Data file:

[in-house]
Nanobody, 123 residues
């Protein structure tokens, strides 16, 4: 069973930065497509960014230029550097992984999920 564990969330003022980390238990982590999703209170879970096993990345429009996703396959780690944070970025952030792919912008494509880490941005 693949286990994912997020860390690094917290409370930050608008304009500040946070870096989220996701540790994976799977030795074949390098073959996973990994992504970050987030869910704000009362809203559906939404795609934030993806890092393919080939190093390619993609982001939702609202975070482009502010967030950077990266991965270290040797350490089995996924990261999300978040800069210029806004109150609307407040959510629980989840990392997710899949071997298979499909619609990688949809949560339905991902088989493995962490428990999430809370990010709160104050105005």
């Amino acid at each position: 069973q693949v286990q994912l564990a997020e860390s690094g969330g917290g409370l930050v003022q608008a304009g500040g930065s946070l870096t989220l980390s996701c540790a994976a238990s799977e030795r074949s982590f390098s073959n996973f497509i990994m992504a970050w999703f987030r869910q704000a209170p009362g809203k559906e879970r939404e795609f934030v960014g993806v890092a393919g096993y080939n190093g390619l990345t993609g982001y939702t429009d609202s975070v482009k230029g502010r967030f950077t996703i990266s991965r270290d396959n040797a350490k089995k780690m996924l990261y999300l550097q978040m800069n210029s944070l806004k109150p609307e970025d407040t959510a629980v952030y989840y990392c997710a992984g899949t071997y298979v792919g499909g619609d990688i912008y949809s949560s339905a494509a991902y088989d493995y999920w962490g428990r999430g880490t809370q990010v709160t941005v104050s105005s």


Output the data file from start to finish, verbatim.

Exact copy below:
[in-house]
Nanobody, 123 residues
């Protein structure tokens, strides 16, 4: 069973930065497509960014230029550097992984999920 564990969330003022980390238990982590999703209170879970096993990345429009996703396959780690944070970025952030792919912008494509880490941005 693949286990994912997020860390690094917290409370930050608008304009500040946070870096989220996701540790994976799977030795074949390098073959996973990994992504970050987030869910704000009362809203559906939404795609934030993806890092393919080939190093390619993609982001939702609202975070482009502010967030950077990266991965270290040797350490089995996924990261999300978040800069210029806004109150609307407040959510629980989840990392997710899949071997298979499909619609990688949809949560339905991902088989493995962490428990999430809370990010709160104050105005």
């Amino acid at each position: 069973q693949v286990q994912l564990a997020e860390s690094g969330g917290g409370l930050v003022q608008a304009g500040g930065s946070l870096t989220l980390s996701c540790a994976a238990s799977e030795r074949s982590f390098s073959n996973f497509i990994m992504a970050w999703f987030r869910q704000a209170p009362g809203k559906e879970r939404e795609f934030v960014g993806v890092a393919g096993y080939n190093g390619l990345t993609g982001y939702t429009d609202s975070v482009k230029g502010r967030f950077t996703i990266s991965r270290d396959n040797a350490k089995k780690m996924l990261y999300l550097q978040m800069n210029s944070l806004k109150p609307e970025d407040t959510a629980v952030y989840y990392c997710a992984g899949t071997y298979v792919g499909g619609d990688i912008y949809s949560s339905a494509a991902y088989d493995y999920w962490g428990r999430g880490t809370q990010v709160t941005v104050s105005s």